An international research team consisting of NIMS, The University of Queensland and National Taiwan University has succeeded in creating a clay film with its gas permeability optimized for long-term storage of fresh produce by adjusting the sizes of the clay nanosheet particles comprising it. The team then uniformly coated the surfaces of various fruits with the film. This treatment kept the fruits’ respiration rates low without completely depriving them of oxygen, preventing them from decaying.

Efforts have been made to develop gas barrier films using clay nanosheets. Although some researchers attempted to improve the film properties of clay nanosheets by adding organic polymers to them, films can also be formed using only clay nanosheets without additives. Only a few studies had previously evaluated the physical properties of clay films composed solely of clay nanosheets.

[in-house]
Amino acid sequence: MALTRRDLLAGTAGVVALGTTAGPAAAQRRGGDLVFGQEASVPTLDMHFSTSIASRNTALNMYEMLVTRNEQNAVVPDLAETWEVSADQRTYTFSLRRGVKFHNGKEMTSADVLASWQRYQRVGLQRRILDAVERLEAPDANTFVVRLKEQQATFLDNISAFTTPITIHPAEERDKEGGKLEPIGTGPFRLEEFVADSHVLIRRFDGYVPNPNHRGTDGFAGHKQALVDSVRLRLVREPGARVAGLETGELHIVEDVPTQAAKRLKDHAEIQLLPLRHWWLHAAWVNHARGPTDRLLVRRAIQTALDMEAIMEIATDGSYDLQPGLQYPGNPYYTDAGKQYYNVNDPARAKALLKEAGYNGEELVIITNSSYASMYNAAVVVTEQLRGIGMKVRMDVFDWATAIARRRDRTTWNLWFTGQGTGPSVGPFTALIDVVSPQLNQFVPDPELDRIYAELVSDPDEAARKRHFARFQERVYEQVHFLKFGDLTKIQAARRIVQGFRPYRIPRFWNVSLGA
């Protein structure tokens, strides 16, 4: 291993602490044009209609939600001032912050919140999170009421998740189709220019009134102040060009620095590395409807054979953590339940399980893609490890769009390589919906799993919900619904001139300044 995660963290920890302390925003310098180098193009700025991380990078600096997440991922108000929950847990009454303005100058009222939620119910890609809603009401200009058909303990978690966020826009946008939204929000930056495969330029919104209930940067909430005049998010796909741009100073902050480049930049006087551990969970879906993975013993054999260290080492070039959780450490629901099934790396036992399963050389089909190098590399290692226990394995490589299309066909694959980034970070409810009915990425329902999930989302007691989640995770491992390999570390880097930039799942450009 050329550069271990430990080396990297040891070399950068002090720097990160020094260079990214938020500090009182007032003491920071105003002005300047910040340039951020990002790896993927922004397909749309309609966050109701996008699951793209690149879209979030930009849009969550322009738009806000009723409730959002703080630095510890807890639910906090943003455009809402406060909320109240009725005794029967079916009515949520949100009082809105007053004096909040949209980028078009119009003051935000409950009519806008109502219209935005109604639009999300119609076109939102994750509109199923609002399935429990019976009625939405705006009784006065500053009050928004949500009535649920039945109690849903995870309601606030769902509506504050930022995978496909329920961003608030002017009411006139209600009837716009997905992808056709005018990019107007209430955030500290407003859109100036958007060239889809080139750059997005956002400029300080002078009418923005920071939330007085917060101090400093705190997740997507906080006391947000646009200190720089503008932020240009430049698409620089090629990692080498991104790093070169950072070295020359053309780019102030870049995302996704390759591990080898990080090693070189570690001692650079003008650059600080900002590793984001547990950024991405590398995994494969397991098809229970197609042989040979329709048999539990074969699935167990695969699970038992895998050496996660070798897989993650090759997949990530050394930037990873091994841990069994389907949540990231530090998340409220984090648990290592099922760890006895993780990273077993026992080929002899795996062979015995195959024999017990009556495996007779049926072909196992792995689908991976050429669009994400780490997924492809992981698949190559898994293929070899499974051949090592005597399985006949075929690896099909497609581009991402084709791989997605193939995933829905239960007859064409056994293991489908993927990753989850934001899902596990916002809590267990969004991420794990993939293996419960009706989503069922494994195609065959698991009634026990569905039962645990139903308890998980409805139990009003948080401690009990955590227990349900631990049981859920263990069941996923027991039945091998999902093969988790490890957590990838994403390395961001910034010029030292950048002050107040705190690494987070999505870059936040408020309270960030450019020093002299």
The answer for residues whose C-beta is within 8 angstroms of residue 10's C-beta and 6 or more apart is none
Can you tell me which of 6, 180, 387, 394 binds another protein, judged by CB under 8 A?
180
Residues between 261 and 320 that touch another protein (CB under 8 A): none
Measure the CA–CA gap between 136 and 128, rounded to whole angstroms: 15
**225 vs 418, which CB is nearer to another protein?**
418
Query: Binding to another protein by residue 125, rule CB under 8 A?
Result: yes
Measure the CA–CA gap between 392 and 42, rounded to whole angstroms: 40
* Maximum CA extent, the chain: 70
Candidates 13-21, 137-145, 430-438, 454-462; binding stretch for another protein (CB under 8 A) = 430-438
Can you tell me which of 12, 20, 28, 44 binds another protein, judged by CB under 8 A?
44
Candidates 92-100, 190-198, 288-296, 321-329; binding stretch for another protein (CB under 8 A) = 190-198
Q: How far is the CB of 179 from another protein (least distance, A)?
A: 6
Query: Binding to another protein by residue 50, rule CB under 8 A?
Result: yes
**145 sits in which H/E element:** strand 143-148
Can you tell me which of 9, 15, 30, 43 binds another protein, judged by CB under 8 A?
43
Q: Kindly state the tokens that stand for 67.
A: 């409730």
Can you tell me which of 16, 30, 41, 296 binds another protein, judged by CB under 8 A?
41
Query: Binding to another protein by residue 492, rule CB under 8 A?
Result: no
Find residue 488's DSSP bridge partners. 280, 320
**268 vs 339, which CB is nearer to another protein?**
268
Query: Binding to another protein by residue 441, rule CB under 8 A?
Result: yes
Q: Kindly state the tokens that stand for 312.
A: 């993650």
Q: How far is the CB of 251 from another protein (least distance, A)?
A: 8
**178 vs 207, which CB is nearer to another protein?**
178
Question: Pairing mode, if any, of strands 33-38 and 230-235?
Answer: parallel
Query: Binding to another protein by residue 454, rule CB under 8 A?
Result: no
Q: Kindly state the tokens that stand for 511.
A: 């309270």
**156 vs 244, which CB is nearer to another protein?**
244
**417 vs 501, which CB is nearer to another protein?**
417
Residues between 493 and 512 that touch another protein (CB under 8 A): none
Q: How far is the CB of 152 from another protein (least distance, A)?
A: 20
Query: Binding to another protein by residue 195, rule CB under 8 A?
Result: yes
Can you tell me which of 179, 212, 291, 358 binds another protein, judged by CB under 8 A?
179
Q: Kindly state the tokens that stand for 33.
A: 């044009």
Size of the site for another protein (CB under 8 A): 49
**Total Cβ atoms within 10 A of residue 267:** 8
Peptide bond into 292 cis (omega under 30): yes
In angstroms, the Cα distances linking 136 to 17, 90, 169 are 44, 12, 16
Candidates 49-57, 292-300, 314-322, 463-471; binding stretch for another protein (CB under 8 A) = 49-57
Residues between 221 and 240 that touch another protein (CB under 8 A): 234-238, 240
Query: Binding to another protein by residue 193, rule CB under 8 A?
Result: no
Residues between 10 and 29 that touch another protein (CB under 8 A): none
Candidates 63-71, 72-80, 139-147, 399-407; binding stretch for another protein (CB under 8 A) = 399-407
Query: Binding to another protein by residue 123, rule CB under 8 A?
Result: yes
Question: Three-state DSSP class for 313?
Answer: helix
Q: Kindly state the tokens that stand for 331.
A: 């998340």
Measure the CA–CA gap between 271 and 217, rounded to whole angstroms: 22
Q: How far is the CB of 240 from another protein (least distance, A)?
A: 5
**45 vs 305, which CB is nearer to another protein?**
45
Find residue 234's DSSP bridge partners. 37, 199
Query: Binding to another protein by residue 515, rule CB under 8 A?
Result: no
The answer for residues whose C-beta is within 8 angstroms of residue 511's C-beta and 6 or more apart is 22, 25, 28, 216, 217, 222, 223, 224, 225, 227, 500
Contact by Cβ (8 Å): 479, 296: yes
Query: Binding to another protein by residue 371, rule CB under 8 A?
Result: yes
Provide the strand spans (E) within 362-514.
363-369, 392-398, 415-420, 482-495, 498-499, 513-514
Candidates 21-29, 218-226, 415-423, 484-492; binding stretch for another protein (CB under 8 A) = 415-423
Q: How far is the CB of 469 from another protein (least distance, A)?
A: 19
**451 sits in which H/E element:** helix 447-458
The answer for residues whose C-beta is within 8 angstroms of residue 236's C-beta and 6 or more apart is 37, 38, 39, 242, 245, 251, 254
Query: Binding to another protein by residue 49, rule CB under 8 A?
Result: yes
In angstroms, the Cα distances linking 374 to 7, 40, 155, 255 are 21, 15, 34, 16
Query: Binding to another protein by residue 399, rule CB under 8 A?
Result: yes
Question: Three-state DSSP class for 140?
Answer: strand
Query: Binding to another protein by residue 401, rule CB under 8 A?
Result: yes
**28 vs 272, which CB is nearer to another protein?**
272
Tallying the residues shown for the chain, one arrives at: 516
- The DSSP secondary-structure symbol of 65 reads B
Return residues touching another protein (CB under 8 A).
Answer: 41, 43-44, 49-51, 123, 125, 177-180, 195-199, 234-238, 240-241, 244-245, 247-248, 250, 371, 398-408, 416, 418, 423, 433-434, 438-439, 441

This international joint research team focused on the gas permeability of clay films and found that a film composed of clay nanosheets with particle sizes in the range of several dozen nanometers (1 nm = one millionth of 1 mm) had relatively high permeability to gas molecules as they can pass through gaps between particles. This gas permeability is equivalent to that of plastic bags with minute pores used to store fresh produce. These bags are able to adequately reduce oxygen supply to fresh fruit, preventing it from ripening too rapidly. The gas permeability similarities between the clay film and the plastic bags inspired the research team to assess the ability of the clay film to preserve the quality of fresh produce for long periods of time.